Reforestation Projects under the Clean Development Mechanism of the Kyoto Protocol
Since the Sixth Conference of the Parties (COP 6) in 2001, The Clean Development Mechanism (CDM) allows industrialized member countries to meet a part of their greenhouse gas reduction obligations through offset afforestation and reforestation projects in developing countries which remove carbon from the atmosphere. The CDM allows emission-reduction projects in developing countries to earn certified emission reduction (CER) credits. These CERs can be traded and sold, and used by industrialized countries to a meet a part of their emission reduction targets. The CDM is the main source of income for the UNFCCC Adaptation Fund, which was established to finance adaptation projects and programmes in developing countries that are vulnerable to the effects of climate change.
Until today 52 Afforestation / Reforestation-Projects have been implanted through the CDM Mechanism.
Given the many economic, social and environmental benefits these activities offer, the question arises why there are relatively few reforestation projects under the CDM. Thomas et al. (2009) and Nijnik (2012) identified the main constraints for development of reforestation projects which can explain this situation. Financial constraints appear for example due to the length of time it takes to gain revenue from reforestation projects because it takes many years for newly planted forests to yield net sequestration benefits.
The effort of the member countries could also be discouraged because they can only use up to 1% of their required Certified Emissions Reductions (CERs) from Clean Development Mechanism (CDM). Also forestry CERs are excluded from the ETS while it is permissible to trade non-forestry CERs from CDM.
Constraints associated with knowledge, skills and other social factors play also an important role. Problems meeting the demands of the CDM registration process are amongst others the lack of knowledge and technical capacity. As such projects require large areas of land, problems of land tenure and property rights are potential constraints too (Thomas et al.2009; Nijnik and Halder 2012).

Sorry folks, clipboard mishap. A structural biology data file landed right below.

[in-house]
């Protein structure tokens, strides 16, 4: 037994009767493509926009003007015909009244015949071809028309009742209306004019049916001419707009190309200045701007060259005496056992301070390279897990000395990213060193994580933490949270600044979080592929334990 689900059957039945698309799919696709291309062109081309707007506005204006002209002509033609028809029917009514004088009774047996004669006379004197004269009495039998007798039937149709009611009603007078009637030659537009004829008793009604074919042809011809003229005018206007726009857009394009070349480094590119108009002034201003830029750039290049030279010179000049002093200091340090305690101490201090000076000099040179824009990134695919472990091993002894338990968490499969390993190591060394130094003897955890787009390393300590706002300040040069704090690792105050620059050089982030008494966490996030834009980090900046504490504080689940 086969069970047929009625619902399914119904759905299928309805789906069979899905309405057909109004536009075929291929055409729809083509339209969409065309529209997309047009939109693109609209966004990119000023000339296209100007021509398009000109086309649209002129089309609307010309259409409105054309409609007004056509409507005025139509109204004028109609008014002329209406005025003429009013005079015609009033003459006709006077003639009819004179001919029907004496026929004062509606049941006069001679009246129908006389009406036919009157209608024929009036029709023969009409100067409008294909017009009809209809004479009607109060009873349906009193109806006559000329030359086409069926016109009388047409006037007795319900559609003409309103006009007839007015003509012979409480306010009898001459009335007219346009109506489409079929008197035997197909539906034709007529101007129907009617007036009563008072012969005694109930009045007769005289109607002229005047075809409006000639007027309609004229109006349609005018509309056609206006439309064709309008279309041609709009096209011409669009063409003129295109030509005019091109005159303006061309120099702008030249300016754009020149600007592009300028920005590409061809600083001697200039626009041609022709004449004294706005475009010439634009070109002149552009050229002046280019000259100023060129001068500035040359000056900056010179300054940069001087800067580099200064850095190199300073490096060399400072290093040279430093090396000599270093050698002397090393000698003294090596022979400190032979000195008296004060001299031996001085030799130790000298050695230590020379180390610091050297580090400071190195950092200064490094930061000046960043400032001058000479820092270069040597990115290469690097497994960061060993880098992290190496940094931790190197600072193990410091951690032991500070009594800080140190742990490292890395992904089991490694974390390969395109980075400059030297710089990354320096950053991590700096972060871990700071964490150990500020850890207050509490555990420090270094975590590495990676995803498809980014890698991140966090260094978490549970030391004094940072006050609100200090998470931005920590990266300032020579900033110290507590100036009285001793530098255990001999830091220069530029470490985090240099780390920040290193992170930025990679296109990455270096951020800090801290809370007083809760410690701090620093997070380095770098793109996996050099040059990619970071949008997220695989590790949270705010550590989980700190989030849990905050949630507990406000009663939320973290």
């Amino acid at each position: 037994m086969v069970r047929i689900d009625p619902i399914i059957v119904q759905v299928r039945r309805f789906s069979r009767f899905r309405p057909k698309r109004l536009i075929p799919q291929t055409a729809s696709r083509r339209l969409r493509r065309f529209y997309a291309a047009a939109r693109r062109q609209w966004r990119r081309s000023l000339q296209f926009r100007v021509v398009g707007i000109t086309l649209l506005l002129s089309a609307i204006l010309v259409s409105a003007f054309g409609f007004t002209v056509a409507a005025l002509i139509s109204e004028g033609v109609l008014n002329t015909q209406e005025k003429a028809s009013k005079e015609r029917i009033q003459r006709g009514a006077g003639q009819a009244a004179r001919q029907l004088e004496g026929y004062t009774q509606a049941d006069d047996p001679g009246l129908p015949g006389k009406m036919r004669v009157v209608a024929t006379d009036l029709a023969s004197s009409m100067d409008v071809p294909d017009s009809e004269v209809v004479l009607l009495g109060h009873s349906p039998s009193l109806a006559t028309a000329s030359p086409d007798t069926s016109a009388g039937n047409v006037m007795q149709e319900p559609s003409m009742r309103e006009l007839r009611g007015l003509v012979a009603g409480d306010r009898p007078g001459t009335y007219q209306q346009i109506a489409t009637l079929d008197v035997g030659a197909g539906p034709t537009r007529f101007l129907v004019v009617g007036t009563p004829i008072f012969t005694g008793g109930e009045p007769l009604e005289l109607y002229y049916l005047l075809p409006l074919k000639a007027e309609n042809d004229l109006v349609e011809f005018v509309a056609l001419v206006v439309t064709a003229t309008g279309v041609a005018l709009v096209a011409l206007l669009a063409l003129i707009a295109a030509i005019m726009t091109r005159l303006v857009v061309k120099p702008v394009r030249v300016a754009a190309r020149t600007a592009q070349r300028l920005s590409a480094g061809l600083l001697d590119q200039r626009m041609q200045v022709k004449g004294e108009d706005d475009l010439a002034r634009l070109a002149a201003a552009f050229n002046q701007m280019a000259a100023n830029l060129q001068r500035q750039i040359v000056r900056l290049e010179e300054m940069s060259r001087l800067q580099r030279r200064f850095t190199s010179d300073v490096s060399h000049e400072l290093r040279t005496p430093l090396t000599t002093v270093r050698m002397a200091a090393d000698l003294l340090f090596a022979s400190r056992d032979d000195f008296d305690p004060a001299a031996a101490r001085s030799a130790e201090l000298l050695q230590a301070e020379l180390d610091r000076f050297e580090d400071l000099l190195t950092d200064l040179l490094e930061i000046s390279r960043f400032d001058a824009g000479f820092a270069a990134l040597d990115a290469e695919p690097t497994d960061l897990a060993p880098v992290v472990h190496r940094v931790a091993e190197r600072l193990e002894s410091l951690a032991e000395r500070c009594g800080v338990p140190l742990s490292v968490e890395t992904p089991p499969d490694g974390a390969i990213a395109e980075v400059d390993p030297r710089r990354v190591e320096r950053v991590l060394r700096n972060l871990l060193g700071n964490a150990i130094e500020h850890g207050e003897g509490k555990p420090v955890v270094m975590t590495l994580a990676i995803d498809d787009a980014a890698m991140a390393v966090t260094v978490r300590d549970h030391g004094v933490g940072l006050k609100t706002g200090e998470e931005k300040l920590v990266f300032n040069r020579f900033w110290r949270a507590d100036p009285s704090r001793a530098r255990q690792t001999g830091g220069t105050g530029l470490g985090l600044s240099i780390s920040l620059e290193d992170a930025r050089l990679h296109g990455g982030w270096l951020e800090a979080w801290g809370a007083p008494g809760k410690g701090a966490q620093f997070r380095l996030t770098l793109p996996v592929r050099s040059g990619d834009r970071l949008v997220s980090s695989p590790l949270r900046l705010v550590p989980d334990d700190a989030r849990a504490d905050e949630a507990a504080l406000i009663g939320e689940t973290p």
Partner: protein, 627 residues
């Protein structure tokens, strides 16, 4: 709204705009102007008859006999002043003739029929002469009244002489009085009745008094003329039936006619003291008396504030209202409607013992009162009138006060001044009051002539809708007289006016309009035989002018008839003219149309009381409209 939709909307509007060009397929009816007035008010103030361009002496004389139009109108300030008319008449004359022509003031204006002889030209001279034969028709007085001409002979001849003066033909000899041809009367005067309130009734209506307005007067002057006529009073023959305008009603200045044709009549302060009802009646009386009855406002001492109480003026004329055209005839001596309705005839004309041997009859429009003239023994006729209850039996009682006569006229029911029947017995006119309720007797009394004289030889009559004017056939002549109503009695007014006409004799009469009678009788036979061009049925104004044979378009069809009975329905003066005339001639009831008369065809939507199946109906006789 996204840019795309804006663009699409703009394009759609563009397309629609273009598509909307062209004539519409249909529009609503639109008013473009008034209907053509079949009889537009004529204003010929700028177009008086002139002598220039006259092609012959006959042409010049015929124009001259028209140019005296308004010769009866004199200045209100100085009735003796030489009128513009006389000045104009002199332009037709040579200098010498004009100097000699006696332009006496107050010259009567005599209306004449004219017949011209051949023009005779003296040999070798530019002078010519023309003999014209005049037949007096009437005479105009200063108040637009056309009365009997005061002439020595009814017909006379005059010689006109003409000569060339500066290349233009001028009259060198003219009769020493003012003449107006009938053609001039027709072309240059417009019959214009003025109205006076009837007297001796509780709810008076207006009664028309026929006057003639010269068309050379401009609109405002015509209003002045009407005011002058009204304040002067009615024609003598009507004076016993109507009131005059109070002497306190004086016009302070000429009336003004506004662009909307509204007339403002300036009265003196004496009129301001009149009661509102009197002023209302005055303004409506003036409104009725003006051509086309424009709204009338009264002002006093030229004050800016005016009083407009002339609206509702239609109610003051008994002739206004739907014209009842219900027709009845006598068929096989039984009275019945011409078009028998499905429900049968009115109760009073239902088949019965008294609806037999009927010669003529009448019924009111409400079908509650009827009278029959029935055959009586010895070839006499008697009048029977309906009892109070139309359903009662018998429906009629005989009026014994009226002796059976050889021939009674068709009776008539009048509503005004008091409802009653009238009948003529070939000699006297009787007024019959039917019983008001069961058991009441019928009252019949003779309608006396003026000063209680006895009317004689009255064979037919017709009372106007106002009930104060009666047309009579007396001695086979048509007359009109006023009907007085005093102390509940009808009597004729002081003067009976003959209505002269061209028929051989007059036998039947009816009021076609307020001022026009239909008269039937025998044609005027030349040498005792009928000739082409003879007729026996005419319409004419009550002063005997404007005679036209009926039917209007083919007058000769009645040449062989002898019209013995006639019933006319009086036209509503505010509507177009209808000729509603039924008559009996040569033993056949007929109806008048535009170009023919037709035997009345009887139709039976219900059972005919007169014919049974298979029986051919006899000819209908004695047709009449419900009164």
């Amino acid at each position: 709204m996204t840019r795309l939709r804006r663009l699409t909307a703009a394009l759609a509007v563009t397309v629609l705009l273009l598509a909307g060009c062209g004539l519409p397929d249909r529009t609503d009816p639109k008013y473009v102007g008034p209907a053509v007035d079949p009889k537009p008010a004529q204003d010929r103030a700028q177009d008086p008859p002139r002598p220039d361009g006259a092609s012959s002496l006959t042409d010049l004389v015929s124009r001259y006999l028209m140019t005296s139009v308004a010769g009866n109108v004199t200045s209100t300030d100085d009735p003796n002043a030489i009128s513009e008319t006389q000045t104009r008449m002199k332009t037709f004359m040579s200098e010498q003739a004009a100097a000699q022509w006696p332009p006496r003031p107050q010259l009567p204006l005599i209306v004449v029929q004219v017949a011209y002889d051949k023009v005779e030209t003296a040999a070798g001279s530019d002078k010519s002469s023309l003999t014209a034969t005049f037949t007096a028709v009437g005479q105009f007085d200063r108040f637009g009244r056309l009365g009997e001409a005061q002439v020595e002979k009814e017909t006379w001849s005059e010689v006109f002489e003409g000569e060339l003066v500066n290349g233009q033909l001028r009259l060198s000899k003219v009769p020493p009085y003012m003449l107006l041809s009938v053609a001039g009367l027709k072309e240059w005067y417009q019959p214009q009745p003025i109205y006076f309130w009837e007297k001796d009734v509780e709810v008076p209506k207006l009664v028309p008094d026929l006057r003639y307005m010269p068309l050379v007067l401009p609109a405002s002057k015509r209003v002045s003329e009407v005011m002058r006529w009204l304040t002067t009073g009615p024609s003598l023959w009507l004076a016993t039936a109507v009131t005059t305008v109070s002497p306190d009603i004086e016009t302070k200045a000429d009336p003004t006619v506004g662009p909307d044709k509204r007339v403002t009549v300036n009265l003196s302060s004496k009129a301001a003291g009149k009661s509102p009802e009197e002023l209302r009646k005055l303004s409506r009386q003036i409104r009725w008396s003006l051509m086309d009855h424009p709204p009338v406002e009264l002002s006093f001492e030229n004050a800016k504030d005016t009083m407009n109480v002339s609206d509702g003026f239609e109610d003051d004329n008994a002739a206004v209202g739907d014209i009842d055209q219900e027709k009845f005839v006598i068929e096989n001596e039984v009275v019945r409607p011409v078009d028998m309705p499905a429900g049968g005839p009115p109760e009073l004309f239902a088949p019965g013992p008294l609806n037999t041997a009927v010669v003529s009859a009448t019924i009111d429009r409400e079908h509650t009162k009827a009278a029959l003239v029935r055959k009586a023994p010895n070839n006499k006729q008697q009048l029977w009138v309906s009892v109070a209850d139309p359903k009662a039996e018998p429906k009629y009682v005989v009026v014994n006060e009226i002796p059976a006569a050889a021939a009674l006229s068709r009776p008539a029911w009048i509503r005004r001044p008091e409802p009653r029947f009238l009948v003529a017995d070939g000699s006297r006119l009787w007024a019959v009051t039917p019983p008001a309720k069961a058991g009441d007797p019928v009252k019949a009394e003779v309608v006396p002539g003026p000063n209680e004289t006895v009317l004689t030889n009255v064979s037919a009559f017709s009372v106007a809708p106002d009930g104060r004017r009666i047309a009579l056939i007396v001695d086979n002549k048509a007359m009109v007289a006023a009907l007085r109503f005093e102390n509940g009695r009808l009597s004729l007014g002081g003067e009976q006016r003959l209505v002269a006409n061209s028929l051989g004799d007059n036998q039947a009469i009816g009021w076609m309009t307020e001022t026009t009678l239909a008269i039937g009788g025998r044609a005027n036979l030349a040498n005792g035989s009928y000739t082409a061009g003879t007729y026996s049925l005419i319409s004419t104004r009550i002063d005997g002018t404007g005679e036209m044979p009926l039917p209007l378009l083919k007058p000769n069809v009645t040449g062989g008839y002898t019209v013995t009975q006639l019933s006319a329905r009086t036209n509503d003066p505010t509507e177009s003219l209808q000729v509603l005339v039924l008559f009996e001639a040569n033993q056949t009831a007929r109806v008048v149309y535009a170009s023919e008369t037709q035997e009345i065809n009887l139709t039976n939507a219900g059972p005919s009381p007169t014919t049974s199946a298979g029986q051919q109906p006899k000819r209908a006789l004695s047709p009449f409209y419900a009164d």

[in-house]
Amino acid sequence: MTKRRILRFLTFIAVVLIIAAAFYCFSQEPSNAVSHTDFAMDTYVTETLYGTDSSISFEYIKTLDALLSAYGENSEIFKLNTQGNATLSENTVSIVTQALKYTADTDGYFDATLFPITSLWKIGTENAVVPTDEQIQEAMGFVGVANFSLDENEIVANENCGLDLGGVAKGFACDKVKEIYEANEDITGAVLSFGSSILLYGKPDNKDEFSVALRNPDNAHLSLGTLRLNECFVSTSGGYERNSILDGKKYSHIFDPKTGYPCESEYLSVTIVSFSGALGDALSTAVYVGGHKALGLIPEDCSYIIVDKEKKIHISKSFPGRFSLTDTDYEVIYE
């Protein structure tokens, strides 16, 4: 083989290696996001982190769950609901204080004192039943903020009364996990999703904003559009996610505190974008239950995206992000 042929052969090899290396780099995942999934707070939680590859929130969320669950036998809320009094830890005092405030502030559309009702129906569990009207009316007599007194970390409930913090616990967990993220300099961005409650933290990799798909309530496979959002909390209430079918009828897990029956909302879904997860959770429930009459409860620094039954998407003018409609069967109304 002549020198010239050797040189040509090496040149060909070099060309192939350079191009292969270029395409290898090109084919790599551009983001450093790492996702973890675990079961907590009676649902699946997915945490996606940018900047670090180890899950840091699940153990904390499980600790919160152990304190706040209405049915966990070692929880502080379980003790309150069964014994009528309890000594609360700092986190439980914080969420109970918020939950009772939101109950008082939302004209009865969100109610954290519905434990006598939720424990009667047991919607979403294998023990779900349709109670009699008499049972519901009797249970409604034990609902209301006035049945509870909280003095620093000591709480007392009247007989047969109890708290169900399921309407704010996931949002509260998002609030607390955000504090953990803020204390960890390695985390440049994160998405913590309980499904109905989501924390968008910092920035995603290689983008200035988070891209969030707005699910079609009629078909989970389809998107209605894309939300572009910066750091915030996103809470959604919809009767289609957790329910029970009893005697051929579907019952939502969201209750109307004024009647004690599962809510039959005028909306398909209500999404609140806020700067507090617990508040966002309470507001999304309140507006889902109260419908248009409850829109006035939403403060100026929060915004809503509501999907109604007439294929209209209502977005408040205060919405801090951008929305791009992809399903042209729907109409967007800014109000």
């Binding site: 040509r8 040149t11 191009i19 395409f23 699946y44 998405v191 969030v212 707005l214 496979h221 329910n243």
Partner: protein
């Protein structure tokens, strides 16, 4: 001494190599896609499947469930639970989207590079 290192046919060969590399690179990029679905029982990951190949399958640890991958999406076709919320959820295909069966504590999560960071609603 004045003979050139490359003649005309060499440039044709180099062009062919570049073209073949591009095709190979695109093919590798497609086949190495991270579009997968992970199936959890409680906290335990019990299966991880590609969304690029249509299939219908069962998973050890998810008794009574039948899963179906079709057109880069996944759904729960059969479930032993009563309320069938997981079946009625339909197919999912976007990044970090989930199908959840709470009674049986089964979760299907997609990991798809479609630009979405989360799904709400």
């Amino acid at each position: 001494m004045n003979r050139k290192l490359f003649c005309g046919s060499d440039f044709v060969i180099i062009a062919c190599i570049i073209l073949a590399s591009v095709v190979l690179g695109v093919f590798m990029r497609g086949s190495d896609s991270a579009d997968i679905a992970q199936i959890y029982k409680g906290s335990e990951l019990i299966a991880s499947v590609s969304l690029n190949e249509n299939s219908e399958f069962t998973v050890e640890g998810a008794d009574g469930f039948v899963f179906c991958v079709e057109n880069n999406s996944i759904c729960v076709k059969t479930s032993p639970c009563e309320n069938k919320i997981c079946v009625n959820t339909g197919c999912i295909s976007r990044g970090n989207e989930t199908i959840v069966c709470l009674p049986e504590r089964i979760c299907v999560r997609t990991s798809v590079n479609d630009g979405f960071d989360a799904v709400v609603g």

Reforestation-Measures for Soil and Water Conservation
As the amount of bare soil one a site is a good indicator of the soil’s vulnerability to erosion and degradation, good soil coverage is an essential element in soil conservation programs.
A vegetation cover reduces the erosive power of impacting raindrops and thus splash erosion, furthermore it reduces the volume of water reaching the soil surface.
In the long term, vegetation influences the fluxes of water and sediments by increasing the soil aggregate stability and cohesion and by improving water infiltration. Therefore anti-erosion measures which include the planting of specific species and reforestation-programs play an important role in the context of water and soil protection. As forest soils store significant amounts of water, floods and droughts are less severe in forest-rich regions.
Forests play a central role in improving water quality and in regulating the regional water cycle. Various studies underline that the hydrological effects of reforestation measures are mainly positive with reduced runoff and erosion, improved microclimate and increased control over nutrient fluxes and decreased movement of water and sediments off-site. Ouyang et al. (2013) highlights the role reforestation plays in reducing flooding and the volume of farmland-derived sediments in waterways. Thus, reforestation could mostly be an effective means to provide multiple benefits such as soil conservation and flood mitigation (Zomer 2006, Trabucco 2008). But whether this is a positive or negative impact on water resources, water management, soil and land conservation, biodiversity, and/or downstream food security, is highly site specific and depends upon climate, soil types, topography, land uses, population densities, existing infrastructures, and tradeoffs with coexisting demands for water and species composition. For example, reforestation with fast-growing conifers decreases the flow of water from catchments and causes water shortage during droughts.
In the dry tropics, forest plantations often use more water than short vegetation because trees can access water at greater depth and evaporate more intercepted water. Newly planted forests can use more water than the annual rainfall, by mining stored water. Extensive afforestation or reforestation in the dry tropics therefore can have a serious impact on supplies of groundwater and river flows.